The Duke's Children, by Anthony Trollope

Chapter 47

Miss Boncassen’s Idea of Heaven

It was generally known that Dolly Longstaff had been heavily smitten by the charms of Miss Boncassen; but the world hardly gave him credit for the earnestness of his affection. Dolly had never been known to be in earnest in anything; — but now he was in very truth in love. He had agreed to be Popplecourt’s companion at Custins because he had heard that Miss Boncassen would be there. He had thought over the matter with more consideration than he had ever before given to any subject. He had gone so far as to see his own man of business, with a view of ascertaining what settlements he could make and what income he might be able to spend. He had told himself over and over again that he was not the ‘sort of fellow’ that ought to marry; but it was all of no avail. He confessed to himself that he was completely ‘bowled over’ — ‘knocked off his pins’!

‘Is a fellow to have no chance?’ he said to Miss Boncassen at Custins.

‘If I understand what a fellow means, I am afraid not.’

‘No man alive was ever more earnest than I am.’

‘Well, Mr Longstaff; I do not suppose that you have been trying to take me in all this time.’

‘I hope you do not think ill of me.’

‘I may think well of a great many gentlemen without wishing to marry them.’

‘But does love go for nothing?’ said Dolly, putting his hand upon his heart. ‘Perhaps there are so many that love you.’

‘Not above half-a-dozen or so.’

‘You can make a joke of it, when I-. But I don’t think, Miss Boncassen, you at all realise what I feel. As to settlements and all that, your father could do what he likes with me.’

‘My father has nothing to do with it, and I don’t know what settlements mean. We never think anything of settlements in our country. If two young people love each other they go and get married.’

‘Let us do the same here.’

‘But the two young people don’t love each other. Look here, Mr Longstaff, it’s my opinion that a young woman ought not to be pestered.’

‘Pestered!’

‘You force me to speak in that way. I’ve given you an answer ever so many times. I will not be made to do it over and over again.’

‘It’s that d —— fellow, Silverbridge,’ he exclaimed almost angrily. On hearing this Miss Boncassen left the room without speaking another word, and Dolly Longstaff found himself alone. He saw what he had done as soon as she was gone. After that he could hardly venture to persevere again — here at Custins. He weighed it over in his mind for a long time, almost coming to a resolution in favour of hard drink. He had never felt anything like this before. He was so uncomfortable that he couldn’t eat his luncheon, though in accordance with his usual habit he had breakfasted off soda-and-brandy and a morsel of devilled toast. He did not know himself in his changed character. ‘I wonder whether she understands that I have four thousand pounds a year of my own, and shall have twelve thousand pounds more when my governor goes! She was so headstrong that it was impossible to explain anything to her.’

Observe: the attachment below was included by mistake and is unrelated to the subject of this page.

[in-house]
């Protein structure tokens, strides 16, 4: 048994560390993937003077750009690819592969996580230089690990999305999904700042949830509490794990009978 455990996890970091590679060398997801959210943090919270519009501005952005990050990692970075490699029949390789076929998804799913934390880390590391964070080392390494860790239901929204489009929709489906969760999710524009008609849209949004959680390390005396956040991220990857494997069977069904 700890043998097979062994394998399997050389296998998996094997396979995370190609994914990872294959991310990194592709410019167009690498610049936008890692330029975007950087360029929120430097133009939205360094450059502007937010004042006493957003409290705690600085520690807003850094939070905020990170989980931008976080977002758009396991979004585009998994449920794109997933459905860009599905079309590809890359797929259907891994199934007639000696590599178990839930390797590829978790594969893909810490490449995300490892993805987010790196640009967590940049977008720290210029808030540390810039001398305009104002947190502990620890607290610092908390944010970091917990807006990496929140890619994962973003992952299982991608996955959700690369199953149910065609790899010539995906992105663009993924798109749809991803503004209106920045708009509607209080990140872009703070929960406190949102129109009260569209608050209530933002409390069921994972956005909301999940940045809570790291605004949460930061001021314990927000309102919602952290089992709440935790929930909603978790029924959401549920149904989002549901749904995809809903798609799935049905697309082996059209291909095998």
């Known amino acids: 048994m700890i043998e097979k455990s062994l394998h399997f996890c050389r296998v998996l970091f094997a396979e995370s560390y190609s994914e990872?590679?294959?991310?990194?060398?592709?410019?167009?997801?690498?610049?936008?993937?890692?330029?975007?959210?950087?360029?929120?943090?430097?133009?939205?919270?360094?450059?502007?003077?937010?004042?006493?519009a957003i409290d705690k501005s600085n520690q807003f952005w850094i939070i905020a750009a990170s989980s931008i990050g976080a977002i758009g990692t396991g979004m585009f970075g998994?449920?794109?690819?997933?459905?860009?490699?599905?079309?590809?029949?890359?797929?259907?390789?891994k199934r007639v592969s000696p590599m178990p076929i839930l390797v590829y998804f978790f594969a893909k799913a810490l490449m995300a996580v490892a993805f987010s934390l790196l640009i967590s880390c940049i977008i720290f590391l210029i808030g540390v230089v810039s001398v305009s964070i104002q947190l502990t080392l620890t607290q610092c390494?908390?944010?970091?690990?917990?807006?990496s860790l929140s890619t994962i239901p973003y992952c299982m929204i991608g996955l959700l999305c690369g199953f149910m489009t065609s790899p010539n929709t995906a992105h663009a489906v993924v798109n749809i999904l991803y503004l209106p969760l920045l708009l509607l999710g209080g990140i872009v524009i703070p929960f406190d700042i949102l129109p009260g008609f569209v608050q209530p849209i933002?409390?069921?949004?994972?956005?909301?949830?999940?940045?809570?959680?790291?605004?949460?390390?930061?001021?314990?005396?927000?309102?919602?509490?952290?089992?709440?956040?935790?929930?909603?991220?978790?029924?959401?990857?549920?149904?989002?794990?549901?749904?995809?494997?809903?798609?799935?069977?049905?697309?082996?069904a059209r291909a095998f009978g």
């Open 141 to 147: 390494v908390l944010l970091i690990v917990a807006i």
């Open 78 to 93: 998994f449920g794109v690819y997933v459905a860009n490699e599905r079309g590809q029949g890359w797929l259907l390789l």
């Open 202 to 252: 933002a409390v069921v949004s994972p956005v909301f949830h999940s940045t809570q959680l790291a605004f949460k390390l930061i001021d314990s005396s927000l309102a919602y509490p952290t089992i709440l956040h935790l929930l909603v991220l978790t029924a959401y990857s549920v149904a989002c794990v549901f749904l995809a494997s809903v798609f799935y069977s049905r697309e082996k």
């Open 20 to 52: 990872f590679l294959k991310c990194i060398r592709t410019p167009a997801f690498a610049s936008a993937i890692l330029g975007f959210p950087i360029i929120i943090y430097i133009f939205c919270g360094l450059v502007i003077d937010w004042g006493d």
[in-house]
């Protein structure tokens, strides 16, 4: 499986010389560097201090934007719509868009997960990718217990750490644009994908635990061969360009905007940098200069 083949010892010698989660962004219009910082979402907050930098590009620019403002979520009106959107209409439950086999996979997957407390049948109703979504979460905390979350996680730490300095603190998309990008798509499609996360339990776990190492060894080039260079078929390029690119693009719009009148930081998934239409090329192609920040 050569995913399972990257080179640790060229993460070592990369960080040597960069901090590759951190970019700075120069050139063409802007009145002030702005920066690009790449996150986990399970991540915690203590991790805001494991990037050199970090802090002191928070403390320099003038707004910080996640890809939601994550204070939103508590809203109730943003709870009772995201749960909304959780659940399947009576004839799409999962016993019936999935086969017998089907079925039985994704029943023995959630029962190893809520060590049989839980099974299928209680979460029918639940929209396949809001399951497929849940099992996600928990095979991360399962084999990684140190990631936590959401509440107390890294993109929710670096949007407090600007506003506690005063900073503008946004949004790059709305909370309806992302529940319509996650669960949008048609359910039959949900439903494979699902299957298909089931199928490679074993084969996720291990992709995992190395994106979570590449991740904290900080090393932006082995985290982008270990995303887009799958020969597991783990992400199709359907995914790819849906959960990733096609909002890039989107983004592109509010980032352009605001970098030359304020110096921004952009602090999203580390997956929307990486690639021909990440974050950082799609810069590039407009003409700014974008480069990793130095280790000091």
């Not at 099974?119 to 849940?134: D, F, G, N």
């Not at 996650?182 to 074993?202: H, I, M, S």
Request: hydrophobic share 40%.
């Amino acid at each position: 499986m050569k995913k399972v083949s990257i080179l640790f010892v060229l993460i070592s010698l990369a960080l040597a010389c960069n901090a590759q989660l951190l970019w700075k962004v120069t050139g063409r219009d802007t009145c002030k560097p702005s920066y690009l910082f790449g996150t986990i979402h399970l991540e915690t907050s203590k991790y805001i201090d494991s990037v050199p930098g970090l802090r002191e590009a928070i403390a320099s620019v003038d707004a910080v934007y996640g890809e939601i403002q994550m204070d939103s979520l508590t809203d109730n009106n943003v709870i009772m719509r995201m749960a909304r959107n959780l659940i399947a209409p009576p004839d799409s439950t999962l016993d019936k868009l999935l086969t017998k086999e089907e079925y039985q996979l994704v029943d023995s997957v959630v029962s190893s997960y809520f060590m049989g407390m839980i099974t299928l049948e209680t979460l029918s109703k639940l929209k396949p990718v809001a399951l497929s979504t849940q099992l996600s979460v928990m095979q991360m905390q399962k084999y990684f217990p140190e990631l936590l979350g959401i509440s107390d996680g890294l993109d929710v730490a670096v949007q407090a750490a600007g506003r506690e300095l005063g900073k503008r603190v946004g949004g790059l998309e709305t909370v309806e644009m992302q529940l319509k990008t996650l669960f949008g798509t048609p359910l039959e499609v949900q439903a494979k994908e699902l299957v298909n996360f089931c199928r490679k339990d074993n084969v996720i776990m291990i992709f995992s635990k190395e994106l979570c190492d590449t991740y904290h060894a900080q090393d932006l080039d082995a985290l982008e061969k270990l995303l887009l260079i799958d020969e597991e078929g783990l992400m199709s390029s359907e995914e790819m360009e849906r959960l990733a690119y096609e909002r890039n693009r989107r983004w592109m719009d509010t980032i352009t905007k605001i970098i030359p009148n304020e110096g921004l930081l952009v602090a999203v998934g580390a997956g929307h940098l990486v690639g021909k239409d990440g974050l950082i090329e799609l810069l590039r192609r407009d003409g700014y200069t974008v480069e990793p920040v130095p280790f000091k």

‘I’m off to London,’ he said to Popplecourt that afternoon.

‘Nonsense! You said you’d stay for ten days.’

‘All the same, I’m going at once. I’ve sent to Bridport for a trap, and I shall sleep tonight at Dorchester.’

‘What’s the meaning of it all?’

‘I’ve had some words with somebody. Don’t mind asking any more.’

‘Not with the Duke?’

‘The Duke? No; I haven’t spoken to him.’

‘Or Lord Cantrip?’

‘I wish you wouldn’t ask questions.’

‘If you’ve quarrelled with anybody you ought to consult a friend.’

‘It’s nothing of that kind.’

‘Then it’s a lady. It’s the American girl!’

‘Don’t I tell you. I don’t want to talk about it? I’m going. I’ve told Lady Cantrip that my mother wasn’t well and wants to see me. You’ll stop your time out, I suppose?’

‘I don’t know.’

‘You’ve got it all square, no doubt. I wish I’d a handle to my name. I never cared for it before.’

‘I’m sorry you’re so down in the mouth. Why don’t you try again? The thing is to stick to ’em like wax. If ten times of asking won’t do, go in twenty times.’

Dolly shook his head despondently. ‘What can you do when a girl walks out of a room and slams the door in your face? She’ll get it hot and heavy before she’s done. I know what she’s after. She might as well cry for the moon.’ And so Dolly got into the trap and went to Bridport and slept the night at the hotel at Dorchester.